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Report / study
Key figures for asset management in 2015 - Management company assets
17 October 2016

Key figures for asset management in 2015 - Management company assets

Gross assets managed by French asset management companies continued to rise in 2015 and ended the year at EUR 3.458 trillion. At a time of flat economic growth, high volatility and the sustained low-interest-rate monetary policy in Europe, the French asset management industry saw further growth in assets under investment management and under discretionary management. This report presents an overview of the nature of management company assets in 2015.

Summary

    A further increase in assets under management

    Data gathered for 2015 show that total gross assets under management by management companies rose by another 4.8% relative to 2014. The main reason for this increase was the rise in gross assets under investment management (up 6.8% from 2014) and, to a lesser extent, the rise in gross assets under discretionary management (up 2.4% from 2014).

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    Source: AMF

    At 54%, investment management continued to represent the majority of total assets under management in 2015.

    This proportion was stable and in line with previous years. Assets of undertakings for collective investment in transferable securities (UCITS) rose by 9.7% in 2015 to stand at EUR 964 billion.

    Alternative investment funds (AIFs), including securitisation funds, saw 4% year-on-year growth in assets to EUR 932 billion. Assets of European collective investment undertakings (CIS) managed by French management companies grew by 20% to EUR 272 billion versus EUR 227 billion in 2014. In 2015, European UCITS and AIFs represented EUR 229 billion and EUR 43 billion, respectively (up 18.1% and 30.4% from 2014).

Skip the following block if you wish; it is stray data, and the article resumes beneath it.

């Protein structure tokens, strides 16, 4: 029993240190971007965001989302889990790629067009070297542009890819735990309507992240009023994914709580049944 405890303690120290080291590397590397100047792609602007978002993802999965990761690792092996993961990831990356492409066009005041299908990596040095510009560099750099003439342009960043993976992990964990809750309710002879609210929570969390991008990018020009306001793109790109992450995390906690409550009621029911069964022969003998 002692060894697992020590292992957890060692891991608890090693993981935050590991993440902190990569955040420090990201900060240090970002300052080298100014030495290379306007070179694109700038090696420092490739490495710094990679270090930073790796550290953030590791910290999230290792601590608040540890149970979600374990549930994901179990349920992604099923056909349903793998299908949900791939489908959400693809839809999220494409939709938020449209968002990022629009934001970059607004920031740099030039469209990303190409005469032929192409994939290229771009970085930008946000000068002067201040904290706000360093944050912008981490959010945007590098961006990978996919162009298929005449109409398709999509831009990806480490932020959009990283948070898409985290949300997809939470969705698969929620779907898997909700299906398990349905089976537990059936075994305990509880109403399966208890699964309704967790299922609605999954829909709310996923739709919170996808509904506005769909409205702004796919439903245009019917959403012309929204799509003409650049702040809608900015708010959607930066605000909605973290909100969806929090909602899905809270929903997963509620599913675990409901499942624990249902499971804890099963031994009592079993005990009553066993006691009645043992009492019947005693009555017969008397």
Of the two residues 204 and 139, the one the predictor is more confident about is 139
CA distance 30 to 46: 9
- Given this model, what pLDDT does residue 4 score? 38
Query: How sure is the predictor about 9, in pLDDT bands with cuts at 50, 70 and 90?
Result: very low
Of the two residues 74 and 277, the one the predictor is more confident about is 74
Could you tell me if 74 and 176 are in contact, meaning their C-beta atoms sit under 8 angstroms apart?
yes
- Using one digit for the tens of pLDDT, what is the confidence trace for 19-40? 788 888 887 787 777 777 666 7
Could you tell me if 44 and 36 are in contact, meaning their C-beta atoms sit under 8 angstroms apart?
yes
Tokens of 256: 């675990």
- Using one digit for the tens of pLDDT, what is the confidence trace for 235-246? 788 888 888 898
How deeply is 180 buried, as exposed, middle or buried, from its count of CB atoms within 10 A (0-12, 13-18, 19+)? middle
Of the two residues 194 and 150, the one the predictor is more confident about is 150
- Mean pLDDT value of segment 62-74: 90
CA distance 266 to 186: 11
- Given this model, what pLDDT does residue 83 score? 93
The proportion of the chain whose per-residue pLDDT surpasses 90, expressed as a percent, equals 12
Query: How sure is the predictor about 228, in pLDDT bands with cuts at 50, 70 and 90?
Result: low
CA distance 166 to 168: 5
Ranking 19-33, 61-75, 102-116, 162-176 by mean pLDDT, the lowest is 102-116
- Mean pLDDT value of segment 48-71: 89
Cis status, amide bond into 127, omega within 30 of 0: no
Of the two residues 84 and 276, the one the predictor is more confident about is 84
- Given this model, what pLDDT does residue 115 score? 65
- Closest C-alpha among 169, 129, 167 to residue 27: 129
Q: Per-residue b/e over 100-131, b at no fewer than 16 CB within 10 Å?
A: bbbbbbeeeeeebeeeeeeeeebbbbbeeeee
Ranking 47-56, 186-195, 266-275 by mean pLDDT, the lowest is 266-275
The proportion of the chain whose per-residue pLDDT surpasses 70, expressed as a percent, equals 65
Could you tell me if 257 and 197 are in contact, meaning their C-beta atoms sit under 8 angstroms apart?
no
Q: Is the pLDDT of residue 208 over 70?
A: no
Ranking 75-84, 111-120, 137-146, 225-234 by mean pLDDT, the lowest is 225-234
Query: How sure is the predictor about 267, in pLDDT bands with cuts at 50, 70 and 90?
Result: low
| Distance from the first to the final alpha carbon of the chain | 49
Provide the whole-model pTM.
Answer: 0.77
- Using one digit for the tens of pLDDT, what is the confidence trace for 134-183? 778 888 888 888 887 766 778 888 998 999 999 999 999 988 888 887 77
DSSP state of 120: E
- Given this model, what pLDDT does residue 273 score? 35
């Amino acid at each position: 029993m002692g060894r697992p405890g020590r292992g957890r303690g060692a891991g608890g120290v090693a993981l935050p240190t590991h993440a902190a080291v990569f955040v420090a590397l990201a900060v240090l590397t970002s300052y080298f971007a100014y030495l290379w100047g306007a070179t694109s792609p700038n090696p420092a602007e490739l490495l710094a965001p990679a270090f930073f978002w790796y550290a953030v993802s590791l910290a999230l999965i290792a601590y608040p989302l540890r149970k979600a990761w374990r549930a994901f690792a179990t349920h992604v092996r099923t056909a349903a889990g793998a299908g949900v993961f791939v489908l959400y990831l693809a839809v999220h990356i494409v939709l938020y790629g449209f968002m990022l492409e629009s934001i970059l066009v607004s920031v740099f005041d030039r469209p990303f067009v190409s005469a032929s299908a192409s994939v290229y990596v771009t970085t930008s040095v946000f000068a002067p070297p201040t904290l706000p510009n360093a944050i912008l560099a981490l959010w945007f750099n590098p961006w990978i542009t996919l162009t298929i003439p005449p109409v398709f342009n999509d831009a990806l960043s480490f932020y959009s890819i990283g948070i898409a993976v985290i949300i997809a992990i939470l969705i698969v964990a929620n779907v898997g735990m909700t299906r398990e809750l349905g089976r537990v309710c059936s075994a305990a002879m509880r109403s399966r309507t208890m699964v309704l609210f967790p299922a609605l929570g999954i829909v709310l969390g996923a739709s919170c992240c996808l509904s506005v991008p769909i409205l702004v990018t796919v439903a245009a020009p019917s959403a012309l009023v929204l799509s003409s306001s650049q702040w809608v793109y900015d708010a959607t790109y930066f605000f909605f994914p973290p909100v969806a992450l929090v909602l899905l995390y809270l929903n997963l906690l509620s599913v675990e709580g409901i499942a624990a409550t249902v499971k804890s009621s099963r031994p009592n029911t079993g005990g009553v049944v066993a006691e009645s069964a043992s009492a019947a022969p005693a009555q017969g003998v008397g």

This growth is consistent with the increase in the number of management companies that manage European CIS, which rose from 116 to 127 between 2014 and 2015 (up 9.5%).

    Discretionary management accounted for a significant share of the asset management business in France, at 45.2% of total assets managed by asset management companies in 2015.

    Focus on French collective investment undertakings

    While overall the assets of French CIS rose by 3.6% between 2014 and 2015, it is worth noting the disparities among asset classes. In 2015, among French CIS, money-market CIS were the asset class whose assets increased the most (up 8.7%), as opposed to bond CIS, whose assets declined (down 1.9%).

    However, these performances do not alter the long-term trends, presented in the chart below.

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    Source: AMF

    Gross assets of equity collective investment undertakings